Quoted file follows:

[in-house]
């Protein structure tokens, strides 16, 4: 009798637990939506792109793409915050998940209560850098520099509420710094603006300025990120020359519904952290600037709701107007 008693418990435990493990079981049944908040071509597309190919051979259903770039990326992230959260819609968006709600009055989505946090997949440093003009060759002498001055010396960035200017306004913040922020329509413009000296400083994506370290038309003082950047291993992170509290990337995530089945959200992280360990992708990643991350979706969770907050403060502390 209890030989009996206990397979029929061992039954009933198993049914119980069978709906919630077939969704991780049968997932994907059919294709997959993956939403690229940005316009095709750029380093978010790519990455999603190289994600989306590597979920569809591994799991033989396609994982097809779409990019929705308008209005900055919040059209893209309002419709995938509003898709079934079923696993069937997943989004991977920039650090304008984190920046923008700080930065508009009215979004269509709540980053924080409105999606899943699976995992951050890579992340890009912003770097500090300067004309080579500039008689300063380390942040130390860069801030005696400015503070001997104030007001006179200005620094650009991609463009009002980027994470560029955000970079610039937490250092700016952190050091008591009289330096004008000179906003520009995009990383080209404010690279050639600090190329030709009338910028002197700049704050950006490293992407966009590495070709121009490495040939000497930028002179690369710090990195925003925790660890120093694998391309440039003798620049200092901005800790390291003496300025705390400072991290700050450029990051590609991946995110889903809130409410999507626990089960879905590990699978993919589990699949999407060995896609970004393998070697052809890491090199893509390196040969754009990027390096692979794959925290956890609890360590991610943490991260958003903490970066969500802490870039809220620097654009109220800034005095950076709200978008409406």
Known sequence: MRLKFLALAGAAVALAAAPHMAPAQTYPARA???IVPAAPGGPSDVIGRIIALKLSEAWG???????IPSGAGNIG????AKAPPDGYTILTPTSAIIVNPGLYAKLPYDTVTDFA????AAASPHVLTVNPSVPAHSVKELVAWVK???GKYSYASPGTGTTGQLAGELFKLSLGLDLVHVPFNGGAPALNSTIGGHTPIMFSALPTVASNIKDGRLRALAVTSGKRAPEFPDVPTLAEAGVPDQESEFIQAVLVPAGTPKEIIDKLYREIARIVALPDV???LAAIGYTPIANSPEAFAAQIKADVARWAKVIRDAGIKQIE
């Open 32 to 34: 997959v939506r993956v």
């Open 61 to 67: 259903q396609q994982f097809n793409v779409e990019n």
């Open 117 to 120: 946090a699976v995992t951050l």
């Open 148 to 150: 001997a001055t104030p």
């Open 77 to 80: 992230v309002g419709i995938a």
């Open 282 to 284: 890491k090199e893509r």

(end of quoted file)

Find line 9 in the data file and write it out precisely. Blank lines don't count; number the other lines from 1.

């Open 282 to 284: 890491k090199e893509r």